The Yemeni internationally-recognized government on Wednesday accused the Houthi group of persistently hindering the international organizations working in Sana'a, by "terrifying and pressuring" their staff.
The Houthi latest obstacle was their expulsion of the UN High Commission for Human Rights (OHCHR) representative for Yemen, seizing his travel permission and forcing him to leave Sana'a," official foreign ministry said in a release carried by the Riyadh-based Saba.
Such practices show the world how Houthis weaken international groups' activities in Yemen, amid international and UN silence, it added.
On Tuesday, informed source at the OHCHR said the rebels had denied its representative for Yemen, Ahmed al-Obaid, entry to Sana'a, forced his plane to return to Amman just after his arrival at Sana'a airport and prevented him from leaving the plane.
The source attributed the Houthi denial to their earlier statement that the UN official was "unwelcome person, following the UN experts' report condemning the rebels for human rights violations."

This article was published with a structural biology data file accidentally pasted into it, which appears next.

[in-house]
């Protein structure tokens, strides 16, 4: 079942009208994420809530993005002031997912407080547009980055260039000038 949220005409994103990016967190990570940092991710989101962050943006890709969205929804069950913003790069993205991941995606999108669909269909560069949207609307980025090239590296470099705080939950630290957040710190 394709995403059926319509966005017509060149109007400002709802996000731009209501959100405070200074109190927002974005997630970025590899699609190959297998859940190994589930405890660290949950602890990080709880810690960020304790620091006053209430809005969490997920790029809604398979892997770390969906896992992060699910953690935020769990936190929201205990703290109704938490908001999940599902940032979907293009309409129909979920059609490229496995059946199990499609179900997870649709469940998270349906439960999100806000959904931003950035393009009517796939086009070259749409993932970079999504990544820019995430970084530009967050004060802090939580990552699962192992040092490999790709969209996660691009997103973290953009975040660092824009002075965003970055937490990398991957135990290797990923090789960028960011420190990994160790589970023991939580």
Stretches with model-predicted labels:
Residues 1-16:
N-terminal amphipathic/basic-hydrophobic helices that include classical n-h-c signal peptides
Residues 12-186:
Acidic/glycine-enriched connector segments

According to the foreign ministry release, the government constantly "provides all the support for the OHCHR .. to alleviate people's sufferings and to maintain and boost human rights across Yemen, despite its observations on OHCHR's performance."
The legitimate government allows for all UN offices to work in Sana'a, despite Houthi control over the capital, and it determinedly seeks to have the OHCHR's work further expanded by opening an office in Aden, the release read.
The foreign ministry called the international community and the UN to take "strict stance and condemn these practices and violations aimed to impede and terrify international workers in Sana'a and other Houthi-held areas."
Last Monday, the Sana'a-based Saba said the Houthi FM Hisham Sharaf had discussed with the UN deputy Secretary-General for security and safety "coordination in boosting security and safety for UN offices and programs and their staff in Yemen."
Houthi authorities "provide all facilities for UN work and assume the responsibility for providing its teams with security during their movement in provinces" under Houthi control, Sharaf claimed.
Saba quoted the UN official as highlighting the need for the UN to keep on "providing humanitarian relief assistances in Yemen and expanding its activities and places of presence.
"This requires granting visas to long-term and short-term staff and allowing entry of necessary logistics determined by the UN and applied in all countries, particularly those suffering human disasters."
Yemen has been racked by a 4.5-year bloody conflict between the official government's forces, backed by a Saudi-led coalition, and the Iranian-backed Houthi rebels who ousted the government in 2014.